Of all of the factors that contribute to the healthy development and academic success of children, none are more important than their home environment and the quality of parenting they receive. Since 1982, the Parent Encouragement Program, or PEP, has helped over 35,000 parents in the Washington, DC metro raise their children to become capable, confident and resilient. PEP offers a variety of classes and programs for parents with children ages 2 to 18, covering topics such power struggles, effective listening, and positive discipline. PEP’s curriculum is based on the internationally acclaimed work of Alfred Adler, M.D., and Rudolf Dreikurs, M.D., which promotes understanding children’s reasons for misbehavior, mutual respect between adults and children, developing children’s capabilities, and fostering cooperation and a sense of belonging.
Through PEP’s classes, parents are able to better understand their kids’ perspective on issues and their needs. Said one parent, “I was having a hard time talking to my son. We were butting heads all the time. After PEP, I was able to engage with him without competition. I knew I was there to help him. It gave us a better relationship.” Parents also find great support in coming together to learn and share with fellow parents. Says one mom, “It’s so valuable to be in a space with other parents where we’re laughing or we’re crying or we’re just identifying with each other. You learn that you are not the only one struggling with these parenting issues.”
In addition to offering open enrollment classes to the public, PEP also has formed partnerships with select organizations to reach underserved audiences. In early 2016, PEP launched a partnership with the Linkages to Learning program in Montgomery County Public Schools, and is offering parenting classes in Spanish to low-income Latino parents in select elementary and middle schools in the county. In keeping with its peer-led class format, PEP is also offering intensive training to a number of Latino parents to prepare them to be assistants and leaders of those classes. Says PEP Executive Director Kathy Hedge, “An important part of our program model is having class leaders who are fellow parents who ‘walk the talk’ and whom class participants can relate to. So for classes that serve Latino parents, and particularly recent immigrants, we think it’s important to have class leaders and assistants who are from, or relate to, that community and culture.”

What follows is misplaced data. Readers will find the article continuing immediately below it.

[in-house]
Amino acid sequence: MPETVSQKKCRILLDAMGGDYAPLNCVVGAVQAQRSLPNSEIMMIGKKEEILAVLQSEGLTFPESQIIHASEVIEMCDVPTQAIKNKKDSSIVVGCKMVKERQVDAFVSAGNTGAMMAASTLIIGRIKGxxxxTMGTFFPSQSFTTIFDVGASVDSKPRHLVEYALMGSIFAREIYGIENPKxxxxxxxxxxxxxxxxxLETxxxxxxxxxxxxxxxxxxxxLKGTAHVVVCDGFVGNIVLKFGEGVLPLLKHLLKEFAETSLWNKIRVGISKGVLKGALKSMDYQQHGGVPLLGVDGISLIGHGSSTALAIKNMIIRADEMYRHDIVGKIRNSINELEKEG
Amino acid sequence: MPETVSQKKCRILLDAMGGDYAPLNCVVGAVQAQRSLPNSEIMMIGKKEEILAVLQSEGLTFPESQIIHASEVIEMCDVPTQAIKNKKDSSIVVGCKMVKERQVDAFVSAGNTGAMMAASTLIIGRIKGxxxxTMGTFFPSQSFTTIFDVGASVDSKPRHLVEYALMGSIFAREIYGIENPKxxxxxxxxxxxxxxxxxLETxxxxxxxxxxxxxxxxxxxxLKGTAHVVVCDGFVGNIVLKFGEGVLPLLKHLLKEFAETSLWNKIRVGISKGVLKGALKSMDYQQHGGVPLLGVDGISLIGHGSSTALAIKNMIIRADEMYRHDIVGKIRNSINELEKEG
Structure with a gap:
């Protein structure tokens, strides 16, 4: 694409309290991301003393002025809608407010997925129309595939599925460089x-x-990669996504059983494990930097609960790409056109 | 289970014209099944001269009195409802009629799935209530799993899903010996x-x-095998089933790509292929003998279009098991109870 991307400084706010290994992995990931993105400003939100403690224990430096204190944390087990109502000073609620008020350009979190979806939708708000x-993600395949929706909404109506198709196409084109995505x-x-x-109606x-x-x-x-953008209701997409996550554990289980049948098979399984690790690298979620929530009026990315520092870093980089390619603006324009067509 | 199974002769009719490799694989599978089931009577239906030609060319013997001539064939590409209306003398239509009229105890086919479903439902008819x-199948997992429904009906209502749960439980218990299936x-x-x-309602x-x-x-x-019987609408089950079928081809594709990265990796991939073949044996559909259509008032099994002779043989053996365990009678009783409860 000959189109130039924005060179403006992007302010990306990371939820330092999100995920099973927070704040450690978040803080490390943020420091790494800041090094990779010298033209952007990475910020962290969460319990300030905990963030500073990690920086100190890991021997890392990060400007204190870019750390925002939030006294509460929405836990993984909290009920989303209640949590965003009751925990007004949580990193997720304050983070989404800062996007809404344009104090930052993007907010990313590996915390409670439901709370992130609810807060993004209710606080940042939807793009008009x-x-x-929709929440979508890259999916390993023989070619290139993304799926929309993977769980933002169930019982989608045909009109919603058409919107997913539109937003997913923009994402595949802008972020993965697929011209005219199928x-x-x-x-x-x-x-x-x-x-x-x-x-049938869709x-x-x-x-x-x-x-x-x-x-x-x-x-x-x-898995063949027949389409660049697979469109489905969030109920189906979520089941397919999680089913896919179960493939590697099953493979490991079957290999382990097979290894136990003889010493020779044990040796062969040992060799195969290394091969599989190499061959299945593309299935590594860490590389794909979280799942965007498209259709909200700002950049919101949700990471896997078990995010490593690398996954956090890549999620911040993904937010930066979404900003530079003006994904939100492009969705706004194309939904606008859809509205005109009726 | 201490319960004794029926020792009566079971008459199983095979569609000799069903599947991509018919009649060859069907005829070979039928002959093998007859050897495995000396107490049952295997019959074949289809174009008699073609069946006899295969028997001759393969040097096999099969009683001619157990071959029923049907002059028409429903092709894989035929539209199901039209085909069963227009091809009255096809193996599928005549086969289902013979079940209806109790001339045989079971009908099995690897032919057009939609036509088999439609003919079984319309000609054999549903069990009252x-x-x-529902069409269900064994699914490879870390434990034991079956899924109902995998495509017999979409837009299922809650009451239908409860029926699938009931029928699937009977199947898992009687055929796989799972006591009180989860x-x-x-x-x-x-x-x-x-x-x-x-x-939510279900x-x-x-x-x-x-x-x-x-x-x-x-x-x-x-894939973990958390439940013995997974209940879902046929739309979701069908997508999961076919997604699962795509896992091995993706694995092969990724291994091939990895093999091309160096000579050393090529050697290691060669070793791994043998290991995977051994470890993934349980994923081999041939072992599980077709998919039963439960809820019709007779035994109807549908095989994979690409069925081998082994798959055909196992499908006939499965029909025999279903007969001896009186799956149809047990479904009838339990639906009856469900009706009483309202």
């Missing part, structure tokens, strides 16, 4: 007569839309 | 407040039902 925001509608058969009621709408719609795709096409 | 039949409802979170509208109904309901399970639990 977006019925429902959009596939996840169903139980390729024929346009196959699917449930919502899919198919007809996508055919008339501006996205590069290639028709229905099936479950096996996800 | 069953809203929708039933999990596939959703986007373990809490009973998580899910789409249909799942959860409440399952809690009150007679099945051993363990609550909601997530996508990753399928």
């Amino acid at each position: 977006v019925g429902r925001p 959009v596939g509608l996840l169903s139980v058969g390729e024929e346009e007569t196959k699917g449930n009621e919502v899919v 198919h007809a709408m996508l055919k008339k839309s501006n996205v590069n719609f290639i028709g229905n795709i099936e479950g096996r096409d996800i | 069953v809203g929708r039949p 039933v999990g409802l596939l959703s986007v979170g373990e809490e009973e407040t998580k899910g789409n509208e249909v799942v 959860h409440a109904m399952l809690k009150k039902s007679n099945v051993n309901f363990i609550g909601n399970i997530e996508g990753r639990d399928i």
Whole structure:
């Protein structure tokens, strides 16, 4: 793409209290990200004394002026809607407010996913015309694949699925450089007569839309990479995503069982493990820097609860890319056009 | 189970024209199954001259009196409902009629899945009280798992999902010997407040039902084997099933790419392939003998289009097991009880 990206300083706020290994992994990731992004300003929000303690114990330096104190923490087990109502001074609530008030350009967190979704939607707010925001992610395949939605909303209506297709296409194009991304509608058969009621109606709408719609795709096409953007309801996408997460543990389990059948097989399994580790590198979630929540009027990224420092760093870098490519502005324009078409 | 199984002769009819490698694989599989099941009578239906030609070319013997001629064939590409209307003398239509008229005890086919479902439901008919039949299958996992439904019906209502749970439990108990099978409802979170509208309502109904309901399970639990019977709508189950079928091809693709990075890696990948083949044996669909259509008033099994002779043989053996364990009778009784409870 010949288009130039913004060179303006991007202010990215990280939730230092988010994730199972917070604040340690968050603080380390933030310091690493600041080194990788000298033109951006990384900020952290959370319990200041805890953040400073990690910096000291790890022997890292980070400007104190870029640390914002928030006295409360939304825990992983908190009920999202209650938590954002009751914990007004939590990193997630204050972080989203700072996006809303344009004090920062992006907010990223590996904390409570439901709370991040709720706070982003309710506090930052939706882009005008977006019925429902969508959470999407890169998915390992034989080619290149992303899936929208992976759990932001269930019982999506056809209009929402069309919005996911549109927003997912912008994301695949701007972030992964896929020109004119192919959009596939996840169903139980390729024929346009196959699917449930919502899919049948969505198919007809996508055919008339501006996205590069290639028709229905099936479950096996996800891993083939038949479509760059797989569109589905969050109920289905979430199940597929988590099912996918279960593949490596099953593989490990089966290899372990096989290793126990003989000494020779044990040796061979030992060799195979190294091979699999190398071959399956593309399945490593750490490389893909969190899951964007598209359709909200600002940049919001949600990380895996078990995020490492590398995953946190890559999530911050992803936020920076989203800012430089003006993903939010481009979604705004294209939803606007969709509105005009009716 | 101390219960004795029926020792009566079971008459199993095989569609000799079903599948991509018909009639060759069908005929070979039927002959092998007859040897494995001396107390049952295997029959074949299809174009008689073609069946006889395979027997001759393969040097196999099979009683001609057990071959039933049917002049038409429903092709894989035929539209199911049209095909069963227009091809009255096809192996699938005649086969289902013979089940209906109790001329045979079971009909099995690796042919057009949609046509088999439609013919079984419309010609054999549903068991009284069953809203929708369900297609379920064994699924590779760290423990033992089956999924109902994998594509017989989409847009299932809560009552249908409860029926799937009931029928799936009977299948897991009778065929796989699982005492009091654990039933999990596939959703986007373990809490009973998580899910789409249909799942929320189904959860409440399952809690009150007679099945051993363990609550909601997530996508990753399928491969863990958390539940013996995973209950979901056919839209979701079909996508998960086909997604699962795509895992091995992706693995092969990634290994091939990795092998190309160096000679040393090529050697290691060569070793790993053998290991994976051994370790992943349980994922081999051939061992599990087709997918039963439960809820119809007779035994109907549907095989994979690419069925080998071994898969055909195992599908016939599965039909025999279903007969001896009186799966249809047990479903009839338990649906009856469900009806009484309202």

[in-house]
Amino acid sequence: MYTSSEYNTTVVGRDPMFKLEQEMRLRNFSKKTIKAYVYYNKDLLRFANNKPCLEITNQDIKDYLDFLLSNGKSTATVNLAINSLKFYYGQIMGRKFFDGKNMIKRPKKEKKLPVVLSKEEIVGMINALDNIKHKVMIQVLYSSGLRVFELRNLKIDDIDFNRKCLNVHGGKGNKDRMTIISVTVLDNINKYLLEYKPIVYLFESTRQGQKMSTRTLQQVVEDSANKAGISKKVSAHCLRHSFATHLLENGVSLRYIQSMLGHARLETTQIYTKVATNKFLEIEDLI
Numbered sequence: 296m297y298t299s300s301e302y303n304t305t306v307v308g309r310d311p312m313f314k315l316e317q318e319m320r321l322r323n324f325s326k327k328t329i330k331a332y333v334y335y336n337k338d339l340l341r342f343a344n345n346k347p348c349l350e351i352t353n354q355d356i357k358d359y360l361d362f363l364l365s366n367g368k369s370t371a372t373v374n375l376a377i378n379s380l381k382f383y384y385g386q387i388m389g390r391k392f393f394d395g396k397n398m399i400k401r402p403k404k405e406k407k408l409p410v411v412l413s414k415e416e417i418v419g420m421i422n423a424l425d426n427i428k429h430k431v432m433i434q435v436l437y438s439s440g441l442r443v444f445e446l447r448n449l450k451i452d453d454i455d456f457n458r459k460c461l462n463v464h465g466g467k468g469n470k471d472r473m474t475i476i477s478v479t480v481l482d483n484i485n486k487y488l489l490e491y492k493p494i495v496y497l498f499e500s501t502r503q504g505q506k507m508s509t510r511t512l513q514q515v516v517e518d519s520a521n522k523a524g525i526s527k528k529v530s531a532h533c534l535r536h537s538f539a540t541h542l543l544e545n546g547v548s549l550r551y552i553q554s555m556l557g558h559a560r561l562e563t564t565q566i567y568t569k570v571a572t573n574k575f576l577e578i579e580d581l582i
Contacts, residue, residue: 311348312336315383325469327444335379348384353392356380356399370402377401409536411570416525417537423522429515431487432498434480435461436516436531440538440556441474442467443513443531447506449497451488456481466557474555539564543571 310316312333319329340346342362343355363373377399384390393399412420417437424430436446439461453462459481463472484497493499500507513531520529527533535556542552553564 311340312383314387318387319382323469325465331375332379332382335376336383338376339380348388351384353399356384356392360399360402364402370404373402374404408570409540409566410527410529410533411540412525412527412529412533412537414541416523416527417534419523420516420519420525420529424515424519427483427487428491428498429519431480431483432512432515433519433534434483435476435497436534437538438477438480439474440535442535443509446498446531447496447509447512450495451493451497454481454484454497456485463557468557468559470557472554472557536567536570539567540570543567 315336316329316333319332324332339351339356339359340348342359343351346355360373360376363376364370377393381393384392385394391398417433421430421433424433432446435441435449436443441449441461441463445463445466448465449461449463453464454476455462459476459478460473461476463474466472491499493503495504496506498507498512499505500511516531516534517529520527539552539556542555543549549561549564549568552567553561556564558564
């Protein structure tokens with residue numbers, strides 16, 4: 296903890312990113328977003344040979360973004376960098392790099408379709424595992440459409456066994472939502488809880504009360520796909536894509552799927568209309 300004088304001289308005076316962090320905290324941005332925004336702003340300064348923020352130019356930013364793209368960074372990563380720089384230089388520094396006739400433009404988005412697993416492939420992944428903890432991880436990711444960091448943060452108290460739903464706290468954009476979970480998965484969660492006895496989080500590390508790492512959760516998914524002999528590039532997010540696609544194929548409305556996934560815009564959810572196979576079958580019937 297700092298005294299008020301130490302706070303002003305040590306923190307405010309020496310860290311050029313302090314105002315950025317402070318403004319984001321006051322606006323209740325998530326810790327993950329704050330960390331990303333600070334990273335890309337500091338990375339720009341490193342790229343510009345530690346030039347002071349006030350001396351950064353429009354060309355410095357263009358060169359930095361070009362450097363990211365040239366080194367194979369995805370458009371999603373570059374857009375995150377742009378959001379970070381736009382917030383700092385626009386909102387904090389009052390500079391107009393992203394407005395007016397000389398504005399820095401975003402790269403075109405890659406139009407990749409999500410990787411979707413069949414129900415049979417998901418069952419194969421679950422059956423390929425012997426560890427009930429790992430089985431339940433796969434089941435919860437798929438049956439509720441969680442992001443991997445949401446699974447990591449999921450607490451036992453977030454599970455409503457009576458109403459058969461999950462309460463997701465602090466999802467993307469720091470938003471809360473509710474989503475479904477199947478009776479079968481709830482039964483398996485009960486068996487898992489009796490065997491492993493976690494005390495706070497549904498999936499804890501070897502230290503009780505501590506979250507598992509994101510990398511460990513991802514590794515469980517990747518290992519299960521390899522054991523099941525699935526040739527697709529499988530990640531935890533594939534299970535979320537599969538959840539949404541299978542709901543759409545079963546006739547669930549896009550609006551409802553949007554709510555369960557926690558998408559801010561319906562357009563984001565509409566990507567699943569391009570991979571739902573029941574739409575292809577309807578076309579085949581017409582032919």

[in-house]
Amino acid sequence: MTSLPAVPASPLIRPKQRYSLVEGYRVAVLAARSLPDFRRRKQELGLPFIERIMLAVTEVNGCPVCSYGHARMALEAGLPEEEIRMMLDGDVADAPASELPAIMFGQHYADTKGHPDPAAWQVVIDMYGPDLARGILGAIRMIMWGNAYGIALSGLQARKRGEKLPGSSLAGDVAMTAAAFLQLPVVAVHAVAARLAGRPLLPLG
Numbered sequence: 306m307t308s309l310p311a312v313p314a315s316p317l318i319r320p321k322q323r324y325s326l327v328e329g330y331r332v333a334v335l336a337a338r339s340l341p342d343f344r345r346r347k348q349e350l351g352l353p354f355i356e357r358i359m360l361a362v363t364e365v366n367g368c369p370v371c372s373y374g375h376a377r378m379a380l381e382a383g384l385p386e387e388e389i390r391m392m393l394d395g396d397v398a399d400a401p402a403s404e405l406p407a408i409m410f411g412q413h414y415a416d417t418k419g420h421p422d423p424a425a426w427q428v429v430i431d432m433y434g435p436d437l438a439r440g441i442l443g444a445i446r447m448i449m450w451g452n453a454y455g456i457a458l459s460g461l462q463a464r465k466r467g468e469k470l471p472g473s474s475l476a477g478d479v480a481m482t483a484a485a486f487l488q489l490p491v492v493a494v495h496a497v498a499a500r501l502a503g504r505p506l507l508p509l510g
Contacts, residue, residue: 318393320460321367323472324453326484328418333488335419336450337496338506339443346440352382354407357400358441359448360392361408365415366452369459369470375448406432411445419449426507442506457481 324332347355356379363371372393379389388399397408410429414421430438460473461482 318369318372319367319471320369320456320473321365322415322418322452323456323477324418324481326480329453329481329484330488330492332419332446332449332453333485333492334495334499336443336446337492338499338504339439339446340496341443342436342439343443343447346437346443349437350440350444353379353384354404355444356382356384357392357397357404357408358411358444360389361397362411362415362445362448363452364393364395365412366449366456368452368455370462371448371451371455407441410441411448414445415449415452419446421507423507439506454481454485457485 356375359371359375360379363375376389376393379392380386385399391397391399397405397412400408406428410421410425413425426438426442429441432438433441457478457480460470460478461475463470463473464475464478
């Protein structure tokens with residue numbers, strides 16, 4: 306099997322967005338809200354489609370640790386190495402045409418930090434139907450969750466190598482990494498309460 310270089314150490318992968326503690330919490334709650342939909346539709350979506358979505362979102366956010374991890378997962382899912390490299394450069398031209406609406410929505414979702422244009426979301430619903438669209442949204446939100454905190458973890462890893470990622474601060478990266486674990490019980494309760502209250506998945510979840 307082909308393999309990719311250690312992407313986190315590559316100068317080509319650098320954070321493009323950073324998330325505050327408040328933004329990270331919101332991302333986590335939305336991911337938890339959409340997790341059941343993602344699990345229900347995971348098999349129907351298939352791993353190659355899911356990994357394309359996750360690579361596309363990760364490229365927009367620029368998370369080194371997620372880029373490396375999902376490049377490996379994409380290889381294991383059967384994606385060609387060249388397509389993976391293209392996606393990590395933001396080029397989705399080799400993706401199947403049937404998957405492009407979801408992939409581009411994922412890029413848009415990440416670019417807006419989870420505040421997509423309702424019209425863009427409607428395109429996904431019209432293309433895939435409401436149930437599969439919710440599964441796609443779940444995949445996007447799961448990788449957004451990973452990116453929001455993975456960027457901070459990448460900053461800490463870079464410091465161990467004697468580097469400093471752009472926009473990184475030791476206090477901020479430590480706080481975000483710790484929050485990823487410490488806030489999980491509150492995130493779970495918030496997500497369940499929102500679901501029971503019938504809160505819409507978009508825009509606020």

PEP doesn’t promise a quick fix, or a conflict-free home environment, but it does offer parents strategies and an approach to better deal with conflict when it arises. Says one parent, “We (still) have plenty of conflicts, but I feel like we are thriving because of what we learned at PEP. I can’t imagine parenting without it. PEP is the greatest gift to parenting.”